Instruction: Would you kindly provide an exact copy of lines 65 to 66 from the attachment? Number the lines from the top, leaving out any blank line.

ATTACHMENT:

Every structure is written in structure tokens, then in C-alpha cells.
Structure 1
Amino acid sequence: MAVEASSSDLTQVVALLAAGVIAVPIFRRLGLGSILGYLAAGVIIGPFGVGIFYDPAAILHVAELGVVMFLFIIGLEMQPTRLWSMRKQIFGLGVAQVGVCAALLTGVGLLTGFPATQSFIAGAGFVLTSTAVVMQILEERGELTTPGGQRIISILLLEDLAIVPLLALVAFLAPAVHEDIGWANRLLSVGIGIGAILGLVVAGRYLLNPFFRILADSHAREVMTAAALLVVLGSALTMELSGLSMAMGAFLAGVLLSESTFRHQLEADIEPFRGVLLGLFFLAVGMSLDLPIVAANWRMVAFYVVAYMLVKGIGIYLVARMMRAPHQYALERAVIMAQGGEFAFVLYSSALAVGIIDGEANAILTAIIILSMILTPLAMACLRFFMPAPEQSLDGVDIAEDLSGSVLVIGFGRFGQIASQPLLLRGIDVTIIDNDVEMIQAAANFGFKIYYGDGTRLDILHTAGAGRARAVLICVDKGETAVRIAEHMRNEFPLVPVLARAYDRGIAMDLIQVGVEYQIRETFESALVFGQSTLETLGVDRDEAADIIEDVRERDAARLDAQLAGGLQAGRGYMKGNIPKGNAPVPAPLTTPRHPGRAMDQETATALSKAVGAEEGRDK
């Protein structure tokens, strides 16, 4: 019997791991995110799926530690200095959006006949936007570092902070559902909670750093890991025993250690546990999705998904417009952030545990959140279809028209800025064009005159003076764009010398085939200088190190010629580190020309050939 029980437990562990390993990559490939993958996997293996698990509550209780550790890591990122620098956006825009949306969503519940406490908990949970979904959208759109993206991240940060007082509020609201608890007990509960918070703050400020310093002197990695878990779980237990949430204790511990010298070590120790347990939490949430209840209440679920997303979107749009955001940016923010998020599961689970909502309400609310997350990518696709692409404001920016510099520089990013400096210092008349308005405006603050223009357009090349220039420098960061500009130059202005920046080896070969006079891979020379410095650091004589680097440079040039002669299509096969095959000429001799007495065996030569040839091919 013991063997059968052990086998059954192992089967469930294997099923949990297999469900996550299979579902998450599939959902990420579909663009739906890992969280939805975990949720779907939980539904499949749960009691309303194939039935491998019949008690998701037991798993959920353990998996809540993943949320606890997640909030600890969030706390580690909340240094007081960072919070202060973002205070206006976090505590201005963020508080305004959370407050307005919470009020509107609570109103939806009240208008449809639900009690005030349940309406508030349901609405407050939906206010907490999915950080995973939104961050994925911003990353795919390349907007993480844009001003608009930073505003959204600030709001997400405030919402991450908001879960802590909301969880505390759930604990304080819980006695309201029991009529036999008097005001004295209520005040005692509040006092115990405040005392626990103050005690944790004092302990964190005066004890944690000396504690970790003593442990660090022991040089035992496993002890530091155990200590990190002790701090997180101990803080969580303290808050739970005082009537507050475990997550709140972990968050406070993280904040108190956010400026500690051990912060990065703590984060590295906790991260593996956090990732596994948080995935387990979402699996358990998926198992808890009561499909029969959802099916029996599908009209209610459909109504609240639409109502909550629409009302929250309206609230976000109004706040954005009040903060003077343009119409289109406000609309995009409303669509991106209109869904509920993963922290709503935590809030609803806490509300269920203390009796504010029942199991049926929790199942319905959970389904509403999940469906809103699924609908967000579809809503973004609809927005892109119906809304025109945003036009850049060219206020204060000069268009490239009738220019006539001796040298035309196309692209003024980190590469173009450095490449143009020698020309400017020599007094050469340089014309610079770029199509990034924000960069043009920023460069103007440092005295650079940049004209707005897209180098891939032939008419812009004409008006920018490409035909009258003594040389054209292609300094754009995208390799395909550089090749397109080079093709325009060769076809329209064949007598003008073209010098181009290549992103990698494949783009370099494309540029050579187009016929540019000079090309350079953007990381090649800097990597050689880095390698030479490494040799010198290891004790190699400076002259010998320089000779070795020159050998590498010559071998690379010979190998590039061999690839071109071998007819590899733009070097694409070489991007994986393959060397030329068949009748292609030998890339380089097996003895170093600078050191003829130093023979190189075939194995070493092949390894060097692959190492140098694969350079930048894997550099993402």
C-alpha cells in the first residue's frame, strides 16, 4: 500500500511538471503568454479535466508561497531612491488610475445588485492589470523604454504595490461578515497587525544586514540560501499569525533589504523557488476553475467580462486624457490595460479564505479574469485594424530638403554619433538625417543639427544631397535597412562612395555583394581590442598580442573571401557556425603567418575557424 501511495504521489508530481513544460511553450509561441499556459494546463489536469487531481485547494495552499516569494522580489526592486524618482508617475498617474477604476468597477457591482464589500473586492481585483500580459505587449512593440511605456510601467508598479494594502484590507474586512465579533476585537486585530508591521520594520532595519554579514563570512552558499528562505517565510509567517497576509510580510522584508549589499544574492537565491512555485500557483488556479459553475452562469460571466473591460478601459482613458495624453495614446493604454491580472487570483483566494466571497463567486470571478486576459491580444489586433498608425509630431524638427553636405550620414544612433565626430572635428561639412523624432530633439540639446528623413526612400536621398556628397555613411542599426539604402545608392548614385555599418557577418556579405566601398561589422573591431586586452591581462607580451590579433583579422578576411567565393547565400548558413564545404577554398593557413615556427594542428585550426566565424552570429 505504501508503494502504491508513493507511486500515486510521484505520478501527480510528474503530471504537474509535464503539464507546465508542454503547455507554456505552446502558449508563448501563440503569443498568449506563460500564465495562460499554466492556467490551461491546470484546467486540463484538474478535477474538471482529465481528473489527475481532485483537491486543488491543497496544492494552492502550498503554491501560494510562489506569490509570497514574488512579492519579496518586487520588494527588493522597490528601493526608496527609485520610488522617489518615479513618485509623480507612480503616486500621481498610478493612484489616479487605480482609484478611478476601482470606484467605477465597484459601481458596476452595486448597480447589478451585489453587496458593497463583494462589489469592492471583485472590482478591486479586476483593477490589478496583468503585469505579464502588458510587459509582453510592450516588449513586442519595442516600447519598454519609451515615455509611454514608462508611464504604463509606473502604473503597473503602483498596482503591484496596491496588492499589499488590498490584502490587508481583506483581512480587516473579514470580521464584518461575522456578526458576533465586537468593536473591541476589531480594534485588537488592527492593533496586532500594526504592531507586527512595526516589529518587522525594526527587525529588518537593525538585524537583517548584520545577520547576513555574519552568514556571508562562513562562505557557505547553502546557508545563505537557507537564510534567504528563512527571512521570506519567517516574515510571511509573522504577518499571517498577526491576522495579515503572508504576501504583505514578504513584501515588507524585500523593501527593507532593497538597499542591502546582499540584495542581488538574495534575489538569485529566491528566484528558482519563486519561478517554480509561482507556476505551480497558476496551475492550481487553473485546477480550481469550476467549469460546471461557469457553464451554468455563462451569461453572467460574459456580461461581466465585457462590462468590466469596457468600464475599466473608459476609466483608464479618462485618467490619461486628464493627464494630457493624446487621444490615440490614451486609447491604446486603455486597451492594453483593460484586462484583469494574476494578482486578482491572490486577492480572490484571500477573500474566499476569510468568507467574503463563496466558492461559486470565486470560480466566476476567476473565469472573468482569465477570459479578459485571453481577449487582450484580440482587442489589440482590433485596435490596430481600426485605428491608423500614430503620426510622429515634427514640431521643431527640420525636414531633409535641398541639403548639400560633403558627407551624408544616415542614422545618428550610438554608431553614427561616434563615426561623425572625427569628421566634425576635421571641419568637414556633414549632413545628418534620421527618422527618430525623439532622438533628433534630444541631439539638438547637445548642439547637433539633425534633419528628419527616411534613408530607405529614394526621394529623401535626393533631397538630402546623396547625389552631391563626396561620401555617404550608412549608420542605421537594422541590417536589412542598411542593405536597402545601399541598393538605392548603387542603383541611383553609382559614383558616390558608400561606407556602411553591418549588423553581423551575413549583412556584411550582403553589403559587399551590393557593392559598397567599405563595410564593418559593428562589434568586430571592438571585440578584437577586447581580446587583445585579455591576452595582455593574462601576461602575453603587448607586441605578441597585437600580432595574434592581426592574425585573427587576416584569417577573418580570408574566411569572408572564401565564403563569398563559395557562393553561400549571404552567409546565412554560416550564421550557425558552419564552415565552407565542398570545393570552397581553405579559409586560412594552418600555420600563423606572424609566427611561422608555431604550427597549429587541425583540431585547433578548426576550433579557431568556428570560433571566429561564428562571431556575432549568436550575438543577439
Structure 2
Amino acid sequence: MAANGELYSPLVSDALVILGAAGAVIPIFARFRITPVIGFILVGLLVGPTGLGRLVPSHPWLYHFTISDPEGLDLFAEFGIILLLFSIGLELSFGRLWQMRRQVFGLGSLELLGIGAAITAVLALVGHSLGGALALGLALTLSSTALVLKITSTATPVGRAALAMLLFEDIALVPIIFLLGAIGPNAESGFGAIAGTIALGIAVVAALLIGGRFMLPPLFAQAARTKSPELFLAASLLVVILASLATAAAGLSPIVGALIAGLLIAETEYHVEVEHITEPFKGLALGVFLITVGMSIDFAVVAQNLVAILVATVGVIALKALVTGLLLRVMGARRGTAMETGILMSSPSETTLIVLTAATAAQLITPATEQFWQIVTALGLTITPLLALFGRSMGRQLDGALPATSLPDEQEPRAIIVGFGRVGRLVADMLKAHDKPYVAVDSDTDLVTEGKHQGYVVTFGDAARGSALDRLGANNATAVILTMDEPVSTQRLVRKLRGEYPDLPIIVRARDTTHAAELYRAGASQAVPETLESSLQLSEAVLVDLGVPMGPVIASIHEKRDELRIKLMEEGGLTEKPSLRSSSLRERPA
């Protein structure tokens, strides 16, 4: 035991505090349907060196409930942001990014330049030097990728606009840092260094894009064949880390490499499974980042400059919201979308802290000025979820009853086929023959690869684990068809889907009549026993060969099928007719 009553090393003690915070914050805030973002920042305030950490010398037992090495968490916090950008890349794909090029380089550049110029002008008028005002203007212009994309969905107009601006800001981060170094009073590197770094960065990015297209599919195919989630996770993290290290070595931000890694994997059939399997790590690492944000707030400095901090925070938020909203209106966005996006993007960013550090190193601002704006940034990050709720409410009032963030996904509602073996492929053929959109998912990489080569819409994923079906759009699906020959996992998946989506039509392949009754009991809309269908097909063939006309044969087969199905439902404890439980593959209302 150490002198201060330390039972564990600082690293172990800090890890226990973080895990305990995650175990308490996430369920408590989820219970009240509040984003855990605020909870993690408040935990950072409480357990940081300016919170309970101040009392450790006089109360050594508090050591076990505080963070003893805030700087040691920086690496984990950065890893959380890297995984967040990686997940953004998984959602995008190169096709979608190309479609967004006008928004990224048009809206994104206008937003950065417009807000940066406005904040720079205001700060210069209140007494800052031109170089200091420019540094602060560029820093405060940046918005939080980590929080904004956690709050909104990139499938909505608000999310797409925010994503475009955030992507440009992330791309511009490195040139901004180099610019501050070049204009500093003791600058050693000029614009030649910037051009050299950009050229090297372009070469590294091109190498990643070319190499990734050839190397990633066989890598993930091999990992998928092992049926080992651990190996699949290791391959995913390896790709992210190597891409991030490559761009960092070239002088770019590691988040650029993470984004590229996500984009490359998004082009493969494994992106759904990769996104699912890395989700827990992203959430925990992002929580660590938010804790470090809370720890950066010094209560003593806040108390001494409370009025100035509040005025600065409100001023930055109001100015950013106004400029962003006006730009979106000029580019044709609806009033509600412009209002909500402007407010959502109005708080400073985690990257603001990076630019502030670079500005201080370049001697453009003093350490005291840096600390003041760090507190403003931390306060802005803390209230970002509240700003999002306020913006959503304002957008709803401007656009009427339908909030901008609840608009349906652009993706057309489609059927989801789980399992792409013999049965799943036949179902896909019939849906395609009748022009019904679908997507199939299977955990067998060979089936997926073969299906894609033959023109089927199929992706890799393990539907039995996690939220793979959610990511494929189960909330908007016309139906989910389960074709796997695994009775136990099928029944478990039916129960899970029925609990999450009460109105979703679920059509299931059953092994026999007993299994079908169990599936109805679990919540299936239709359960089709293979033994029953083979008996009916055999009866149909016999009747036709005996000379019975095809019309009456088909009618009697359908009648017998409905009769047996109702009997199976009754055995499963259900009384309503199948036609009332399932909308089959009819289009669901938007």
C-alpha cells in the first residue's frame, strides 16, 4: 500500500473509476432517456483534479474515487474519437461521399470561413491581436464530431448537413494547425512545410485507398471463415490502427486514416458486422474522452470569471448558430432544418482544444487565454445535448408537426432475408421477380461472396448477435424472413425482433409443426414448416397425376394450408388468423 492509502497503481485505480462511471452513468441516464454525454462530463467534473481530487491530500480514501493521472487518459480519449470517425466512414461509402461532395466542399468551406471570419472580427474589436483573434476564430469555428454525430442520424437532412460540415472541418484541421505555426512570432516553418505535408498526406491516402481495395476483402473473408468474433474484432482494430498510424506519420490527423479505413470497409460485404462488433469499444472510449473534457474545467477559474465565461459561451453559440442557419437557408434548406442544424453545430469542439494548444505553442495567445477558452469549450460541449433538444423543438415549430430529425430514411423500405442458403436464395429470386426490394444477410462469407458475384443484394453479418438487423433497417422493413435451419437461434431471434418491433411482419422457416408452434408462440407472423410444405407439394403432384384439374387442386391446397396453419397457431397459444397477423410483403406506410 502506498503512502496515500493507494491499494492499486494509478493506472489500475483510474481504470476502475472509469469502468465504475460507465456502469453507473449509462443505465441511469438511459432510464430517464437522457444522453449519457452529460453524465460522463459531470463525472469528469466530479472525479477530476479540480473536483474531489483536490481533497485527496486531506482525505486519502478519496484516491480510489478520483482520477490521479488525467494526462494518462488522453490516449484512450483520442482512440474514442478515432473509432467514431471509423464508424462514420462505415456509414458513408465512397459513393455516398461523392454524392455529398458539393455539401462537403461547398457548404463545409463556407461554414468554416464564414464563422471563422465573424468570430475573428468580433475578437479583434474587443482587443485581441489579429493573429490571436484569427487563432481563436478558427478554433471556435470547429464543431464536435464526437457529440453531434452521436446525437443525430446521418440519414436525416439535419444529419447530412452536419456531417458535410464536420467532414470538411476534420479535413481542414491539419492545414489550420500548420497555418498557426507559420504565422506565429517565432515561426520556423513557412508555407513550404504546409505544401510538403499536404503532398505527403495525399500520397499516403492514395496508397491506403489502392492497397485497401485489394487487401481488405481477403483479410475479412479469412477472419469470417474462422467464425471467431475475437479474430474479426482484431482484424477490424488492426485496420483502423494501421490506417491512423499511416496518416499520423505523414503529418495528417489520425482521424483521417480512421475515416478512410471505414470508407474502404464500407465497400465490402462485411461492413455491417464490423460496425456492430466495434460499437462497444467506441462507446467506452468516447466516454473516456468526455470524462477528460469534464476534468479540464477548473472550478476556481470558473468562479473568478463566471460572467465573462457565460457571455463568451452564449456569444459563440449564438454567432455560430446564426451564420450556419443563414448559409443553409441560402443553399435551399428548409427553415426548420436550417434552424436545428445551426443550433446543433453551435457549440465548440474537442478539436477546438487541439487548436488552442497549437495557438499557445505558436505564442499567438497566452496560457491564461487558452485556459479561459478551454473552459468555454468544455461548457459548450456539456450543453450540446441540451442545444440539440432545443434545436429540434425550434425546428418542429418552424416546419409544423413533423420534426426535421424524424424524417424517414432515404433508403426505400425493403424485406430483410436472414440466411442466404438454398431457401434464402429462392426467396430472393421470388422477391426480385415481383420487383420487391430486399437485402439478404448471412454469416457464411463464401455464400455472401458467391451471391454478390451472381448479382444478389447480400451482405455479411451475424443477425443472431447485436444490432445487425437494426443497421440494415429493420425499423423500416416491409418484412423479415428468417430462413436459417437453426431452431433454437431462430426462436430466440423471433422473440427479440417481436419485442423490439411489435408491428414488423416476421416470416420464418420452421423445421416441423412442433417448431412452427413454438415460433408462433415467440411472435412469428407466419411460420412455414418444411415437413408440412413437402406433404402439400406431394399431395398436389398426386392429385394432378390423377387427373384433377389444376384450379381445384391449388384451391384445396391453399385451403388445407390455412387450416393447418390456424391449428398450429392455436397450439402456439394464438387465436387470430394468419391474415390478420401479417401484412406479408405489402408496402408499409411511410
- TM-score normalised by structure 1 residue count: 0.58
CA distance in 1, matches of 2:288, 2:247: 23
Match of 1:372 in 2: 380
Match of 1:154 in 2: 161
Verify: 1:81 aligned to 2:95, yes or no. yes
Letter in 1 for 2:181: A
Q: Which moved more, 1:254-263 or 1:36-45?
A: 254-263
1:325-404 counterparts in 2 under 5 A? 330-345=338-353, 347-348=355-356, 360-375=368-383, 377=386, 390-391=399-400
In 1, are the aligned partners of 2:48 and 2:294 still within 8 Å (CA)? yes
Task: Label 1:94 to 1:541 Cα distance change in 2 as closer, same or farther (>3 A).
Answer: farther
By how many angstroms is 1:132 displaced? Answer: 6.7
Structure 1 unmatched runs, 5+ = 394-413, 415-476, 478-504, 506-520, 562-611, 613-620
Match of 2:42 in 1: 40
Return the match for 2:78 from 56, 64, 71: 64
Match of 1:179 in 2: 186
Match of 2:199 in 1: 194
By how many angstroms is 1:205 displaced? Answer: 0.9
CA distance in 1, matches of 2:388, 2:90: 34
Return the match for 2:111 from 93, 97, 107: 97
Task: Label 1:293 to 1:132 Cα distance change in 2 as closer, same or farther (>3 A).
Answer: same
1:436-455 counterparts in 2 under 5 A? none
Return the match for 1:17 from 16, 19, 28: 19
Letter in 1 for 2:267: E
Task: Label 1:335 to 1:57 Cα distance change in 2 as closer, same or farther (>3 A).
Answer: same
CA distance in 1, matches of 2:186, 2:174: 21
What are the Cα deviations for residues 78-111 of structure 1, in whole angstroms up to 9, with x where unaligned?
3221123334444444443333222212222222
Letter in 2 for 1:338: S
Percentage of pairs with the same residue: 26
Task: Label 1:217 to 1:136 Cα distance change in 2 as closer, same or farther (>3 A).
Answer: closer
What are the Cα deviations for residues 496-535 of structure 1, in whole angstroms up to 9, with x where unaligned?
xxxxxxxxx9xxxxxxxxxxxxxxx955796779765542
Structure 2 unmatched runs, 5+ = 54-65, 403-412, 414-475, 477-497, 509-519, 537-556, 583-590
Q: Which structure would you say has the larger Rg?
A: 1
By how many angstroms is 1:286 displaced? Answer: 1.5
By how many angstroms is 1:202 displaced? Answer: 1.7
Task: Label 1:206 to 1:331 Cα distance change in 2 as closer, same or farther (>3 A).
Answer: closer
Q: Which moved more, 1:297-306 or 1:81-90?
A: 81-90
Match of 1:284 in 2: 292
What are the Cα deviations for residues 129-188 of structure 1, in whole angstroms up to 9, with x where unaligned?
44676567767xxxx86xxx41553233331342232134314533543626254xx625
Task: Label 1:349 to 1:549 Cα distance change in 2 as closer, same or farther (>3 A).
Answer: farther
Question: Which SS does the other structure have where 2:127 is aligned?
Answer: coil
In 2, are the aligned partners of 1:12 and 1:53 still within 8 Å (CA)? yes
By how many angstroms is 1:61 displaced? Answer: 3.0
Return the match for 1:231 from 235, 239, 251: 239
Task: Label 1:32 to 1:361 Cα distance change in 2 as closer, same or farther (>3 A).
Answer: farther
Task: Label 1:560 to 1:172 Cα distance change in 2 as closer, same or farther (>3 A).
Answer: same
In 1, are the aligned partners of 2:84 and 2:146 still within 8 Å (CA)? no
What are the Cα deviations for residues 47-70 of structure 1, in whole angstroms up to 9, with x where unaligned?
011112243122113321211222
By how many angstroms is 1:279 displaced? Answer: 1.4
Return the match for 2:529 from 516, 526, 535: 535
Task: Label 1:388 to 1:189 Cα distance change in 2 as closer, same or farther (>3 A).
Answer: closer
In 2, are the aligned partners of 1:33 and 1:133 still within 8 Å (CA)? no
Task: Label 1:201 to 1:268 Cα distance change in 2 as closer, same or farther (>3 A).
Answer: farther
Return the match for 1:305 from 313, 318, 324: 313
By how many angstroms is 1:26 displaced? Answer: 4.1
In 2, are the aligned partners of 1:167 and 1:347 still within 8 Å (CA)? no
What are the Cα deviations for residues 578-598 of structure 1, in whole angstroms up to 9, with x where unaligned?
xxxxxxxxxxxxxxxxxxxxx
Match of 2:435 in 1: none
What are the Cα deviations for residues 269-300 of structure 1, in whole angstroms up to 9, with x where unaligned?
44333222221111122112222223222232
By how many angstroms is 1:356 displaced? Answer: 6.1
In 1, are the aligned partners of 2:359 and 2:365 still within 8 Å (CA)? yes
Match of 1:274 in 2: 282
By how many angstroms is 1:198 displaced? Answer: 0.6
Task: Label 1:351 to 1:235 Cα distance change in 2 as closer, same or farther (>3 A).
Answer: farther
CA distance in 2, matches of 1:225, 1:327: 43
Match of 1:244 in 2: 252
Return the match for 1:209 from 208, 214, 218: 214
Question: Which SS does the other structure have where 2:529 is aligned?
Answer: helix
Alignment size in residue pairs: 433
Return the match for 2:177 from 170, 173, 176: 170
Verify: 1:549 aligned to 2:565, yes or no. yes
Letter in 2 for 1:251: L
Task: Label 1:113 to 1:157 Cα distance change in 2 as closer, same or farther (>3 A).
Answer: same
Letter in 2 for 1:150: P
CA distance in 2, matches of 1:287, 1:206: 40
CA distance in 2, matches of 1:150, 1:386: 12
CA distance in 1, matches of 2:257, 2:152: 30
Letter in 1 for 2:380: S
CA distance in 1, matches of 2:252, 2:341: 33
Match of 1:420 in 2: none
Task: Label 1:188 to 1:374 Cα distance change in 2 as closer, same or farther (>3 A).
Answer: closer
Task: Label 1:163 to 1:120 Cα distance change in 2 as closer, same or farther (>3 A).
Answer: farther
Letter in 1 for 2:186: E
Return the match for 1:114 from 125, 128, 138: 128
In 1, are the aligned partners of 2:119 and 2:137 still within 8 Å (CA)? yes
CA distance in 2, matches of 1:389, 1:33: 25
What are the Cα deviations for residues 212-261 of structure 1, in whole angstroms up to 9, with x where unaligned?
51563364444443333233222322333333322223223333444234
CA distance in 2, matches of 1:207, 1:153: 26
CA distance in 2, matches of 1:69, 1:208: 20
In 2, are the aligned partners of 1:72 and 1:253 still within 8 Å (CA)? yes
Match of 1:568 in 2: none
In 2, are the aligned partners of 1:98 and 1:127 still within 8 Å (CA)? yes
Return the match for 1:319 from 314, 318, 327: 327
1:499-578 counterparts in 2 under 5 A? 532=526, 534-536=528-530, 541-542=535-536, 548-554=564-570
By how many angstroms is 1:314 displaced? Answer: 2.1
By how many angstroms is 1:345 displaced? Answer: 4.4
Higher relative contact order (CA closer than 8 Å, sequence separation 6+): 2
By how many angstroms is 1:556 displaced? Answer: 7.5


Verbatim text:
Return the match for 1:231 from 235, 239, 251: 239
Task: Label 1:32 to 1:361 Cα distance change in 2 as closer, same or farther (>3 A).